Observations of an American journalist in Azerbaijan, Russia and USA.
Tuesday, March 10, 2009
The Home of the Fair Deal
The entrance to Binghamton doesn’t look so grand on Main Street nowadays. The arch proclaiming “The Home of the Fair Deal” was erected in 1920 by the workers of the Endicott-Johnson Shoe Company. This company was unusually progressive for its time, providing healthcare and low-cost housing for workers. The shoe company was one of the engines of the local economy for decades, and left a lasting legacy to the local municipalities - swimming pools, libraries, and free carousels. But the company did not adjust to the changing competitive environment, losing market share to cheaper footwear produced overseas. The family of the the original Johnson and Endicott founders brought in outside management in 1957, but this step couldn’t save the company. In 1998 the closure of the last local shoe manufacturing plant was announced.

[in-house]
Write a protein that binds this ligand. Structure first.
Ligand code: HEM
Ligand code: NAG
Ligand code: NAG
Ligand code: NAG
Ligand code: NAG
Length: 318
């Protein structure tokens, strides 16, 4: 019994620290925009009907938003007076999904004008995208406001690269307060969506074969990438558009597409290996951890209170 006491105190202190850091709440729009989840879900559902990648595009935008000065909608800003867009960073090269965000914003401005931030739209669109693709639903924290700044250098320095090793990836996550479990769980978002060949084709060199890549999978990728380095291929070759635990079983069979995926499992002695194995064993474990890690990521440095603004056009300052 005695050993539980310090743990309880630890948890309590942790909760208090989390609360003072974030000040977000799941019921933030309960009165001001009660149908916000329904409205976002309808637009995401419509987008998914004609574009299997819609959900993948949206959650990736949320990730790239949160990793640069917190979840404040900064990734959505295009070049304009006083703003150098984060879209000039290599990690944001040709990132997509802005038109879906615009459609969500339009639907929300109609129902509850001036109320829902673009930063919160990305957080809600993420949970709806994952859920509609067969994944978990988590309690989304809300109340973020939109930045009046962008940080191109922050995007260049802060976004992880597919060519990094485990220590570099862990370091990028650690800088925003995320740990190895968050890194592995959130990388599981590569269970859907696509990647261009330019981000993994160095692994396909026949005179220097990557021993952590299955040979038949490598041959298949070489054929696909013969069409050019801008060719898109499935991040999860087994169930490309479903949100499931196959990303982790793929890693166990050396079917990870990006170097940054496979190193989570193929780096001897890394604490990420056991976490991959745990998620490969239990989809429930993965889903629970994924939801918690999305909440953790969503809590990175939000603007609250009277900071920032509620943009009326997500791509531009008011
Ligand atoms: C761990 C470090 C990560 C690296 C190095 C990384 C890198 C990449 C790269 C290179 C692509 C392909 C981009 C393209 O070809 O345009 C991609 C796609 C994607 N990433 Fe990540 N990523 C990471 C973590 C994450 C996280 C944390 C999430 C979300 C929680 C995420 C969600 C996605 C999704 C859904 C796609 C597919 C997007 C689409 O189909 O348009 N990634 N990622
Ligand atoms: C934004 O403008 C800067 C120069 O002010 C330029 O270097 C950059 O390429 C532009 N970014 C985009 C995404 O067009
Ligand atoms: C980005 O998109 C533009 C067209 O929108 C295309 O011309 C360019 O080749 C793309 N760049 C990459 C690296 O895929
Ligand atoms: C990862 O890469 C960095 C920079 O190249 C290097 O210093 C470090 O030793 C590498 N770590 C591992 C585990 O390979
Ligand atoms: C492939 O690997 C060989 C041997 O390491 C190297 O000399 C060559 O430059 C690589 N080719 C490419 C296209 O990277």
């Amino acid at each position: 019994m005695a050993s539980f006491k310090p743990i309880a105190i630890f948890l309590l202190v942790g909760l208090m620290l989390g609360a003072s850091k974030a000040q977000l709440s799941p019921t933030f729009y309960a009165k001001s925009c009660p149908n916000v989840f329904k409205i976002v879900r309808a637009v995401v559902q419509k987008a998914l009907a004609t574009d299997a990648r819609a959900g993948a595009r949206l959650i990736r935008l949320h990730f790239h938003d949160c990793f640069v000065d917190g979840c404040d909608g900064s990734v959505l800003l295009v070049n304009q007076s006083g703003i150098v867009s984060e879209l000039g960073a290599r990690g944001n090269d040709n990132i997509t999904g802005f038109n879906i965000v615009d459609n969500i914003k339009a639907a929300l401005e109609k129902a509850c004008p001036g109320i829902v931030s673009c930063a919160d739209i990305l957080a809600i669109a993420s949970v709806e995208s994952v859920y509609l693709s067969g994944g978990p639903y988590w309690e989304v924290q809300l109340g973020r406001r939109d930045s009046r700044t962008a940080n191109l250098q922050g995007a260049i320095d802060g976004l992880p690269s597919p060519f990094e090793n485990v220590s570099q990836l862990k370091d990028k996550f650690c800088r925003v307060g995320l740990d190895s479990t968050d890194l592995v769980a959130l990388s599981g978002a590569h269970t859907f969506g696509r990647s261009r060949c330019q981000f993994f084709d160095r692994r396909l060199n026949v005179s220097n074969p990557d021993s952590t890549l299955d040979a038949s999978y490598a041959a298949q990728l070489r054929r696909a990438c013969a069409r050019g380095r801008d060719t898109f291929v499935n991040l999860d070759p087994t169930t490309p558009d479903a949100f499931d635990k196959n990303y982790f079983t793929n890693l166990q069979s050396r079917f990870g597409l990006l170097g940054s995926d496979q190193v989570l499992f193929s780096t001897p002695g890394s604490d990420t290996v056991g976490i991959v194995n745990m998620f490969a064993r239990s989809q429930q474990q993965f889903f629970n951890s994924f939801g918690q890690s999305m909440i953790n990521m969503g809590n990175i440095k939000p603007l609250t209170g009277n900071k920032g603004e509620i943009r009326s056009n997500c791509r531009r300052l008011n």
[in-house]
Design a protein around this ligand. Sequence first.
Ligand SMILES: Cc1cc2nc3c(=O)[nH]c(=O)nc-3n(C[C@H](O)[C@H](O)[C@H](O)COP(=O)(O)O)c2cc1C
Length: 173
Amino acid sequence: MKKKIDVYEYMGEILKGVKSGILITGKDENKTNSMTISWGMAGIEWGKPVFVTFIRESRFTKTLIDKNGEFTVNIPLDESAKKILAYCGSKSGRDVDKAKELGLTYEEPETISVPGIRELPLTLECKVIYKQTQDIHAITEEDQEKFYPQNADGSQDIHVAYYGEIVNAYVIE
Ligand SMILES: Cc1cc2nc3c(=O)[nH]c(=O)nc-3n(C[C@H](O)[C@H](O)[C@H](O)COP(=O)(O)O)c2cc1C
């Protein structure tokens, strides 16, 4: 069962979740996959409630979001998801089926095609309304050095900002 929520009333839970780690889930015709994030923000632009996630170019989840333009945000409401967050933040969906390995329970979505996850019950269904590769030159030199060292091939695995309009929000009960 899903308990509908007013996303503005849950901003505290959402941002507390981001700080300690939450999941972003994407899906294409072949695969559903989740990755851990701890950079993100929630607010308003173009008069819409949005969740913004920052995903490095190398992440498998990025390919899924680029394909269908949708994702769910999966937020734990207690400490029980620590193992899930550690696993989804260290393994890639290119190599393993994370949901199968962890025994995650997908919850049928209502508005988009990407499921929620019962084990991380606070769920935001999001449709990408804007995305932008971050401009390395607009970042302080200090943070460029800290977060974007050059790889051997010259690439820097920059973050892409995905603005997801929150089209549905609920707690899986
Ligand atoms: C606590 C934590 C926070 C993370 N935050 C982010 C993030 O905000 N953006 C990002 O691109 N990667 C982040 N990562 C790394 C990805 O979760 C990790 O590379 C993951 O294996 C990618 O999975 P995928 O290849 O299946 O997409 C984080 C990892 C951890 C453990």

IBM was also founded in this region, and still employs 1,000 people here - but it’s a mere shell of what it used to be. Binghamton had roughly 45,000 residents in 2007, a 4.6 percent decline since the 2000 census. To be honest, Binghamton was in rough shape when I left two years ago, and there are even more empty store fronts now. One of the last restaurants on Main Street is now a head shop. Neighboring Johnson City is even worse off. Fat Cat Books has moved from its distinctive triangular building on Main Street to 15 Avenue B. I didn’t do a store census, but the clear impression is that closed store fronts in that town far outnumber operating businesses on Johnson City’s Main Street.